Don’t ask about the three seashells, because Demolition Man is the Greatest Movie EVER!
Click on the movie poster or the title above to download our review of the film, featuring Rachel Pandich and Tom Pandich.
Review in a Nutshell: A stylish film that highlights the awkward transition from the pure absurdity of 80s American action films to the more self-aware output of the 90s, the humor in Demolition Man holds up much better than the fight choreography these days.
Libertarians DO listen to your podcast, Paul.
I didn’t take offense too much. They’re just jokes.
On the other hand, you said something about being a secularized godless bleeding-heart liberal, as if that’s somehow not what libertarians are. (???) I’m a raving heathen. So is Penn Jillette. Okay, so there aren’t many of us,
Also, we’re not opposed to empathy, even though we oppose nice-sounding things like price controls and “affordable” healthcare. But we oppose these things, because we don’t see them as being sustainable.
We have similar gripes with Republicans. They want to tear down every bit of socialized tax-and-spend system in existence, but they don’t want to cut military spending.
The funny thing is that Republicans think of libertarians as the hippies version of them, like we’ve only adopted the pro-freedom platform so we can sit in our mother’s basements and smoke weed all day.
It’s almost like that was inserted into the movie, because the scraps are portrayed like dirty, smelling, uncivilized libertarians. On the other hand, the fact that they exist at all, I believe, is a commentary on the fascist state that has forgotten them and pushed them outside “civilized” society. It’s not a libertarian utopia to live in dirt and eat rats. I think the point was that they’ve been pushed there.
Admittedly, the movie is way over the top in its portrayal of an overly politically correct state, but I don’t think that their commentary is too far off the mark, at least in principle. For example, political correctness being so far overreaching that it finds offense in things that aren’t really offensive, such as naughty words.
And I’m casually reminded of an episode of DAPDX where they took a moment out of reviewing David The Gnome to bring a feminist perspective on the cartoon. (insert eyeroll)
There might be some crazies in tinfoil hats, like Alex Jones, who think that we’re headed that way, but those people are not a good represention of what libertarianism is about. It has more to do with principles on fiscal policies and personal freedoms than it does with believing that aliens and sasquatch conspired with the Bush administration to cause 9/11.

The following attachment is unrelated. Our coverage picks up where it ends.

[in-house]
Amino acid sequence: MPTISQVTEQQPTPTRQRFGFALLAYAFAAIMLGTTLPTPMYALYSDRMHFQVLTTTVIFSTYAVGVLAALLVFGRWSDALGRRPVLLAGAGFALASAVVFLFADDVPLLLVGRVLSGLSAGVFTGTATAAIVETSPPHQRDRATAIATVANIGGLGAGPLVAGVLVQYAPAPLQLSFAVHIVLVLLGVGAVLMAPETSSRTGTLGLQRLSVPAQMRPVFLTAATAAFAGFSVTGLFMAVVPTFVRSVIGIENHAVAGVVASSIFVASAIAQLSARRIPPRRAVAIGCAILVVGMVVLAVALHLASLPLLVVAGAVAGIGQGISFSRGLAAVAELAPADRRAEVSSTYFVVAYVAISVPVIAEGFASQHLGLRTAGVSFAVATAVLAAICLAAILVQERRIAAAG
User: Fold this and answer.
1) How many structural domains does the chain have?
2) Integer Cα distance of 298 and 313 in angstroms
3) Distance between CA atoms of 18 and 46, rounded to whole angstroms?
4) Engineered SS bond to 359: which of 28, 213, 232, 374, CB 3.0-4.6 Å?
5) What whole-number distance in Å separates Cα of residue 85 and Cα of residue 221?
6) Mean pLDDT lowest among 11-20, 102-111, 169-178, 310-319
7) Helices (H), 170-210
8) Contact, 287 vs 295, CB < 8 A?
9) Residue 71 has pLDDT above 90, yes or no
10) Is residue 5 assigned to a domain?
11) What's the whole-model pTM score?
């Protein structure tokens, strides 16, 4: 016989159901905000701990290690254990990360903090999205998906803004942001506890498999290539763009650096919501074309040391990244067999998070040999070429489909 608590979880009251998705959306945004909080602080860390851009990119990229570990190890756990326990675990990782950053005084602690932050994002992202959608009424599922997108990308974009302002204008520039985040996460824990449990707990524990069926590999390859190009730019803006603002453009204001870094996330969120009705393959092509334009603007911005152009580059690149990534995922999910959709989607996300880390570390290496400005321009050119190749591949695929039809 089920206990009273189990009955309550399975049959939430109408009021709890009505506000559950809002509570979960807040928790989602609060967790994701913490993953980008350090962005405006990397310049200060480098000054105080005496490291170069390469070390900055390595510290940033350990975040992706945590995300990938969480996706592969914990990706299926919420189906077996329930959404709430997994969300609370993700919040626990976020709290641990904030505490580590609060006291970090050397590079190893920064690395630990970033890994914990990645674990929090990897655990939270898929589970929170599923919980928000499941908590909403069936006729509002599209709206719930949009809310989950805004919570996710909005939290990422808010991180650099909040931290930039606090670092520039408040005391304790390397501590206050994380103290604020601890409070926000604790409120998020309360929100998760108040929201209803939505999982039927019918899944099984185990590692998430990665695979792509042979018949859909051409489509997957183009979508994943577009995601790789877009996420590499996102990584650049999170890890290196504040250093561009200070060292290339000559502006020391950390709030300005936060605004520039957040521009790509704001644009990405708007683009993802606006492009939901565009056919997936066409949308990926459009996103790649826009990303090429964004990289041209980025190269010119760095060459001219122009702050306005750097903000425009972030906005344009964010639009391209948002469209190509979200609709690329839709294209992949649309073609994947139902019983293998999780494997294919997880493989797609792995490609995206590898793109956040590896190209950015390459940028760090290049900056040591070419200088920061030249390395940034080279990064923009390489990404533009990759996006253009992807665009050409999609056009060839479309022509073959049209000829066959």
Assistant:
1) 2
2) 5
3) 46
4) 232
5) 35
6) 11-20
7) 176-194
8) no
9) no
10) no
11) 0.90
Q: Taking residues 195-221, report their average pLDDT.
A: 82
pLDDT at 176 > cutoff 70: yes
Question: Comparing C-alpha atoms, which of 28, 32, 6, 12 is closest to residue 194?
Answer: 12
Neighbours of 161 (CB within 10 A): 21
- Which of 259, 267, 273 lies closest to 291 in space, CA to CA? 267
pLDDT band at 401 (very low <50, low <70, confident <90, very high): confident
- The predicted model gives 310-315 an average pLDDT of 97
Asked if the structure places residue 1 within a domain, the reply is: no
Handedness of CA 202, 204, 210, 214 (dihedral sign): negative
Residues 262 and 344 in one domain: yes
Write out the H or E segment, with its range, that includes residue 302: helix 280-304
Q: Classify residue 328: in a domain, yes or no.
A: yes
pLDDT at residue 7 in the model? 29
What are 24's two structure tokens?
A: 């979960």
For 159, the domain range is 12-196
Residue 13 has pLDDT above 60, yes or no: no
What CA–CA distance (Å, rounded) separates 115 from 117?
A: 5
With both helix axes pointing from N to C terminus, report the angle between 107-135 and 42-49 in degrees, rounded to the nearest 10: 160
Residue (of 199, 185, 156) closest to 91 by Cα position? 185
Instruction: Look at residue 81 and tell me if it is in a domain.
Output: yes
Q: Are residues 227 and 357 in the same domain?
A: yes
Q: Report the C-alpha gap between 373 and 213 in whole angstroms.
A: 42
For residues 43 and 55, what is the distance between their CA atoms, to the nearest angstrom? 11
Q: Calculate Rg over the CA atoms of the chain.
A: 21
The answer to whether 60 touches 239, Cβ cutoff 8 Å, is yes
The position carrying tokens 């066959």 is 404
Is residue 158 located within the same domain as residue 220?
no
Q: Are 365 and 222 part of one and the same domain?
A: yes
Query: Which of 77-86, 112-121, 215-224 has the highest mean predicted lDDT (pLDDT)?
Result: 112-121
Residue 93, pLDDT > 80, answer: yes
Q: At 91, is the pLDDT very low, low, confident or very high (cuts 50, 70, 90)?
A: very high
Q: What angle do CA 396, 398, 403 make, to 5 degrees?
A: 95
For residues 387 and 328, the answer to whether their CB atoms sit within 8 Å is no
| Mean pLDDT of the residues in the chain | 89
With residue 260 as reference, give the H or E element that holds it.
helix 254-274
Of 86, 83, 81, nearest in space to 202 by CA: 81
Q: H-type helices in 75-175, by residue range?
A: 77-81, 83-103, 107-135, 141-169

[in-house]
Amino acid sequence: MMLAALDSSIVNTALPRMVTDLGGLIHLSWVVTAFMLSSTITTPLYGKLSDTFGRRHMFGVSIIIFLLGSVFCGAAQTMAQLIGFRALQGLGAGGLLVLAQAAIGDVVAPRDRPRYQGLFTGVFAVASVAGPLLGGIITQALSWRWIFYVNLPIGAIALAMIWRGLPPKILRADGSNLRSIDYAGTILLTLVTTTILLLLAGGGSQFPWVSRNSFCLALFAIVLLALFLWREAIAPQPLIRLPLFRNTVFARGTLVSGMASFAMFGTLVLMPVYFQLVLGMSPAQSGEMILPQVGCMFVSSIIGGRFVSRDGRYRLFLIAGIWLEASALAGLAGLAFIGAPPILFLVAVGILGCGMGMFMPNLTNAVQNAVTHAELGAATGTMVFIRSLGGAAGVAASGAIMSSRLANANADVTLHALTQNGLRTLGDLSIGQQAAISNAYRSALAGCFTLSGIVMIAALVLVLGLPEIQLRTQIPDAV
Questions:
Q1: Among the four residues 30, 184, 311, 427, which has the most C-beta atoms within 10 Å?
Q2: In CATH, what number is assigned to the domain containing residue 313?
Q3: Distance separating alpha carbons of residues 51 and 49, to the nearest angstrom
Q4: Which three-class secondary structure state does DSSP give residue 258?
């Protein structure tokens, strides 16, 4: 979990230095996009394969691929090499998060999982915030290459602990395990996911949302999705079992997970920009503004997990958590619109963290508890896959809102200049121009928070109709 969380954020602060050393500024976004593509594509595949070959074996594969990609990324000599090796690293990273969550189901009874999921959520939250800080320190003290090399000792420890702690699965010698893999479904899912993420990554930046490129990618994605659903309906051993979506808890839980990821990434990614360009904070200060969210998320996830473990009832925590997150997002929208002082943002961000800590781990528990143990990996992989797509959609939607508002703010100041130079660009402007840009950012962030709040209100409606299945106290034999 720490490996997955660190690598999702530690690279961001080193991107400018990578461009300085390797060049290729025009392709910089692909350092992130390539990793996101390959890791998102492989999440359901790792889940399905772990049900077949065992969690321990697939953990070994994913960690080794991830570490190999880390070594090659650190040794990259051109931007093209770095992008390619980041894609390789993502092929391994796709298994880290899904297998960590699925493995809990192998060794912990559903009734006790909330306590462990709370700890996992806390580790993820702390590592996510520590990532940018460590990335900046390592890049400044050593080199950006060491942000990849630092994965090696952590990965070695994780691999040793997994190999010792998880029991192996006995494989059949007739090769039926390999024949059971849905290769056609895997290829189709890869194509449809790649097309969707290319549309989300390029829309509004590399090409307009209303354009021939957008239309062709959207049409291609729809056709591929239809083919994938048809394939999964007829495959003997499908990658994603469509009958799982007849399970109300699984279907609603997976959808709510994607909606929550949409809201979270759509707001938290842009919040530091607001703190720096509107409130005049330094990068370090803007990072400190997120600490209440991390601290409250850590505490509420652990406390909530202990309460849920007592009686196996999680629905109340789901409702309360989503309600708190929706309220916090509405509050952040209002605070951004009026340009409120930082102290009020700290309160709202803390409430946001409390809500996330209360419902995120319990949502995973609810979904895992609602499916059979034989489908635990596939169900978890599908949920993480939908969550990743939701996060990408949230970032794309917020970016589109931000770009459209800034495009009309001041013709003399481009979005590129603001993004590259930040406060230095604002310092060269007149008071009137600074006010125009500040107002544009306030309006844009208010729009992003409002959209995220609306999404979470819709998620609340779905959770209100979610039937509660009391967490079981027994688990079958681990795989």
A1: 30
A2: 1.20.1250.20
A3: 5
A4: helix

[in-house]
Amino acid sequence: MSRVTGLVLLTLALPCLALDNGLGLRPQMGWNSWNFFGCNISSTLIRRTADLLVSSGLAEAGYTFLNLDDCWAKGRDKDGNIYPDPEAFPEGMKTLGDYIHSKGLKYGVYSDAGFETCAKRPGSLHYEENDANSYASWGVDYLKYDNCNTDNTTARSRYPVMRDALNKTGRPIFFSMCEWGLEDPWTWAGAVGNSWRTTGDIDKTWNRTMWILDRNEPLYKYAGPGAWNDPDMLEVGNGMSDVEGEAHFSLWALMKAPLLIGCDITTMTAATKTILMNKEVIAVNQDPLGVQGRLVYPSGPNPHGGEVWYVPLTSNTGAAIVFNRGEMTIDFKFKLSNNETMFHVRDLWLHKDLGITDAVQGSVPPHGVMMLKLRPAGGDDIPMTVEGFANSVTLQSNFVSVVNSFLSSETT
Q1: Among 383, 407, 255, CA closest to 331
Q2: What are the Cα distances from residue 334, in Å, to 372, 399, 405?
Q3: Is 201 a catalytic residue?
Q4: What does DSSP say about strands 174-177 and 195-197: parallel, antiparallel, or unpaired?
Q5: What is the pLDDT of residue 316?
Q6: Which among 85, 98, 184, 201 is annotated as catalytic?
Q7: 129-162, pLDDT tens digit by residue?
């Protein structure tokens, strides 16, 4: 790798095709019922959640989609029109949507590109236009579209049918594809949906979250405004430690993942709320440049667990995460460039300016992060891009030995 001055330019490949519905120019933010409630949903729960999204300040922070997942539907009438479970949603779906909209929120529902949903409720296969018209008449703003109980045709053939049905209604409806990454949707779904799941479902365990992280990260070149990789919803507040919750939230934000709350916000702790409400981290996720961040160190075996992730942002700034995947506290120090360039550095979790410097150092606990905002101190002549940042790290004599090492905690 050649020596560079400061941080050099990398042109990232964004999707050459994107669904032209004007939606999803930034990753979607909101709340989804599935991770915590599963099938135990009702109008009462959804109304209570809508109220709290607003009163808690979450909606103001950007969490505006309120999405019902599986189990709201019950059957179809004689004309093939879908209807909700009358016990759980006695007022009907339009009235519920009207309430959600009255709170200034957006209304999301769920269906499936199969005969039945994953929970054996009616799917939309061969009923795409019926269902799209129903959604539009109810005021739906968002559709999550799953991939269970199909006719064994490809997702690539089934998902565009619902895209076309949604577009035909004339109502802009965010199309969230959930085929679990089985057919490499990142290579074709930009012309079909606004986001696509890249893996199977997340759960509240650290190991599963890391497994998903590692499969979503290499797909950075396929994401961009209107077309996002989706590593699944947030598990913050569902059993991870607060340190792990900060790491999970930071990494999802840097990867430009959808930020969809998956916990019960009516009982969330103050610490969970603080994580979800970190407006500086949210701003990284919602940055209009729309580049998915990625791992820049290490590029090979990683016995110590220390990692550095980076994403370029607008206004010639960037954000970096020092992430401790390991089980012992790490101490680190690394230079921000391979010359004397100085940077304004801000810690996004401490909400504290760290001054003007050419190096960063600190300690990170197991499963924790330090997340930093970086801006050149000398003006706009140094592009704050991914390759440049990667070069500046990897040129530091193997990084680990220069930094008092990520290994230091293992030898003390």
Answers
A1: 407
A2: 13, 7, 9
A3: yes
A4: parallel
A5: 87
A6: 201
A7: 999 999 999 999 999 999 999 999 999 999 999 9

Yes, we know. Alex Jones is a loon.
So are Glenn Beck, Rand Paul, the Koch Brothers and Clarence Thomas, @TV’s Mr. O’Neil – who are essentially Far Right Christianists and Corporate Looters wrapping themselves in a DON’T TREAD ON ME FLAG while thumping a copy of ATLAS SHRUGGED like it was The Holy Bible. I would imagine the shade of Ayn Rand would look down from Atheist Paradise in horror on how her principles are practiced now – while Karl Marx pats her on the shoulder and murmurs, “This is what happens when you let bullying goyim interpret your work for you, Annie….”
Having libertarian leanings myself, I’d say a large part of that element of DEMOLITION MAN comes from what Denis Leary says, which is straight early Eighties Idealistic Libtertarianism – and fit his own worldview at the time pretty closely. Most of the rest of the underground society would be closer to the misfits who’d be happy his philosophy was so hands-off, but otherwise aren’t nearly as happy basically living in the sewers cut off from the benefits of civilization as he is.
The movie has severe third act problems thanks its inability to decide who’s worse – Dr. Cocteau or Simon Phoenix. Cocteau represents total order without any give, while Phoenix represents complete anarchy – freedom carried even further than Leary’s Edgar Friendly desires, or would even consider. I assume the movie thought it was arguing in favor of a balance between order and freedom by leaving the rebuilding of society in the hands of Friendly and Bob Gunton’s Chief Earle, only Earle hasn’t been anything but a one-note pissy bureaucrat completely in Cocteau’s pocket throughout the entire picture!
I can only assume those creating the movie assumed that his tolerance of Lenina Huxley’s “atavistic tendencies” and decision to thaw Spartan in the first place are supposed to reassure us he’s more flexible than Cocteau was – but nothing in Gunton’s performance gave me, at least, any hope that he’d be capable of any compromise whatsoever. The person who should be rebuilding society with Friendly is Huxley, who shows the ideal balance between order and freedom – but since the movie ended up turning its most interesting character into Spartan’s prize for shattering p.c. World, that wasn’t going to happen.
Paul, in answer to your query about old gunpowder, yes you can use it quite capably years later. A few weeks ago I went shooting at the range with my uncle, and we fired off 45 caliber ammunition rounds from 1962. They were a little smoky, but a friend later told me that was indicative of the rounds made at the time and had nothing to do with their actual age.
The 3 seashells is a great joke.
I’m so liberal I still think of myself as a hippie. I didn’t see anything at all liberal about the world of Demolition Man. Too much repression, man. A real liberal finds PC bullshit as offensive as the right wing does.
Would ever do a Greatest Movie Ever on Bolt? It’s my favorite.
@ CultureCast-Z: What! That’s super awesome! I was always taught there was a half life of sorts. Learn something new every day. 🙂